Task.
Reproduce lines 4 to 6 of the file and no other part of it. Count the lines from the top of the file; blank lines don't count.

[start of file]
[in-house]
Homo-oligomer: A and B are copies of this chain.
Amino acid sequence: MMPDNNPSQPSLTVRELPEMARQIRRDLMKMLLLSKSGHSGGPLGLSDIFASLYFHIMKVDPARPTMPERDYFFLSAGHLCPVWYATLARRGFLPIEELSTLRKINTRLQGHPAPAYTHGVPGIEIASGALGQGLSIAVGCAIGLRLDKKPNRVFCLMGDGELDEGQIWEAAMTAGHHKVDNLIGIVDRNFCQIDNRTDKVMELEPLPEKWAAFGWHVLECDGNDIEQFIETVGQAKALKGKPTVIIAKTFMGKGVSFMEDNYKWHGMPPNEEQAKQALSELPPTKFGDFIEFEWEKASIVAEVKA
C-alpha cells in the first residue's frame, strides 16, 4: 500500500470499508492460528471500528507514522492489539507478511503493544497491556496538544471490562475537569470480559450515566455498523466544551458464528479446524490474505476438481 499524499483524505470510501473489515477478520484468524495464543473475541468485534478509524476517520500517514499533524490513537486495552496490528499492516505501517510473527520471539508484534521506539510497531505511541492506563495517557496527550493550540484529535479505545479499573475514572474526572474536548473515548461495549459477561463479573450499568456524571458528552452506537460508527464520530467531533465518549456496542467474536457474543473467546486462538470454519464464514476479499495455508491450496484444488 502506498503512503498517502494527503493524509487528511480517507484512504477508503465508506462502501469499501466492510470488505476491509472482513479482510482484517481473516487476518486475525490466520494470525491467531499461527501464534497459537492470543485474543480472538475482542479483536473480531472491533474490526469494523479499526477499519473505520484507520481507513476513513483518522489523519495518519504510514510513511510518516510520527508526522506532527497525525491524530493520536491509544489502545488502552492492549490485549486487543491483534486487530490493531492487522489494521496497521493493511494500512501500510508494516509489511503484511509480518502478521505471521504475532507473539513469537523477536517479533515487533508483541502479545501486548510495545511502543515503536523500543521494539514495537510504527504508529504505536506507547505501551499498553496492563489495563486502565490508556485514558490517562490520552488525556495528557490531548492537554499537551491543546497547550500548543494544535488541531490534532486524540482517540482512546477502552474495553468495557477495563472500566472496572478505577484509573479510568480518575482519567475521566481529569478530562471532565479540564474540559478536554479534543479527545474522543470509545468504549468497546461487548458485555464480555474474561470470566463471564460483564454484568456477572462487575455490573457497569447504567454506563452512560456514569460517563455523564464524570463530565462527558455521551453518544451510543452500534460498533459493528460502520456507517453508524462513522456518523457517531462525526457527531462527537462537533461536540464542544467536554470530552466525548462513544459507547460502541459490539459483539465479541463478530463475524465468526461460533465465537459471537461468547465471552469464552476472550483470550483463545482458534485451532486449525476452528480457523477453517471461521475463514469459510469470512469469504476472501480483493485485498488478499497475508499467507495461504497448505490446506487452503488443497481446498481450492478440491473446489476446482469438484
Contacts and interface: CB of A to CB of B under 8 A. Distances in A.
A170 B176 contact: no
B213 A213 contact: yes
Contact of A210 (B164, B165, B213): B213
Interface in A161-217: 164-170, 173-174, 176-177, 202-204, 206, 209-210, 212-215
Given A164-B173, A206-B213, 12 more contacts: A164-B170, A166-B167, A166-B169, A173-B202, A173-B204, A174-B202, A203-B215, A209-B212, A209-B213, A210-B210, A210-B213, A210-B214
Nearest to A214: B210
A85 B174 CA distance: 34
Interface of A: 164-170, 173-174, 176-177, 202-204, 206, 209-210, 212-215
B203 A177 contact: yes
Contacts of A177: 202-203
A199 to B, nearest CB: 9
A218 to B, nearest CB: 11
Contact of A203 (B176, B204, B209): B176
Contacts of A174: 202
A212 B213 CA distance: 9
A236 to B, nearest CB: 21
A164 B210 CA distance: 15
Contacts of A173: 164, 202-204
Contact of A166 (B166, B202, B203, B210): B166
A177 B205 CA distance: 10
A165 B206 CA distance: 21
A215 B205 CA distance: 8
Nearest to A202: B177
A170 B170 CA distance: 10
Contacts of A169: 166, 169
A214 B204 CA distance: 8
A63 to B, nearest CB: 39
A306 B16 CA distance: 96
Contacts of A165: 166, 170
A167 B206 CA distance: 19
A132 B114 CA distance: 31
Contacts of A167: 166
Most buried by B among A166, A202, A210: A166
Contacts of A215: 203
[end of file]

C-alpha cells in the first residue's frame, strides 16, 4: 500500500470499508492460528471500528507514522492489539507478511503493544497491556496538544471490562475537569470480559450515566455498523466544551458464528479446524490474505476438481 499524499483524505470510501473489515477478520484468524495464543473475541468485534478509524476517520500517514499533524490513537486495552496490528499492516505501517510473527520471539508484534521506539510497531505511541492506563495517557496527550493550540484529535479505545479499573475514572474526572474536548473515548461495549459477561463479573450499568456524571458528552452506537460508527464520530467531533465518549456496542467474536457474543473467546486462538470454519464464514476479499495455508491450496484444488 502506498503512503498517502494527503493524509487528511480517507484512504477508503465508506462502501469499501466492510470488505476491509472482513479482510482484517481473516487476518486475525490466520494470525491467531499461527501464534497459537492470543485474543480472538475482542479483536473480531472491533474490526469494523479499526477499519473505520484507520481507513476513513483518522489523519495518519504510514510513511510518516510520527508526522506532527497525525491524530493520536491509544489502545488502552492492549490485549486487543491483534486487530490493531492487522489494521496497521493493511494500512501500510508494516509489511503484511509480518502478521505471521504475532507473539513469537523477536517479533515487533508483541502479545501486548510495545511502543515503536523500543521494539514495537510504527504508529504505536506507547505501551499498553496492563489495563486502565490508556485514558490517562490520552488525556495528557490531548492537554499537551491543546497547550500548543494544535488541531490534532486524540482517540482512546477502552474495553468495557477495563472500566472496572478505577484509573479510568480518575482519567475521566481529569478530562471532565479540564474540559478536554479534543479527545474522543470509545468504549468497546461487548458485555464480555474474561470470566463471564460483564454484568456477572462487575455490573457497569447504567454506563452512560456514569460517563455523564464524570463530565462527558455521551453518544451510543452500534460498533459493528460502520456507517453508524462513522456518523457517531462525526457527531462527537462537533461536540464542544467536554470530552466525548462513544459507547460502541459490539459483539465479541463478530463475524465468526461460533465465537459471537461468547465471552469464552476472550483470550483463545482458534485451532486449525476452528480457523477453517471461521475463514469459510469470512469469504476472501480483493485485498488478499497475508499467507495461504497448505490446506487452503488443497481446498481450492478440491473446489476446482469438484
Contacts and interface: CB of A to CB of B under 8 A. Distances in A.
A170 B176 contact: no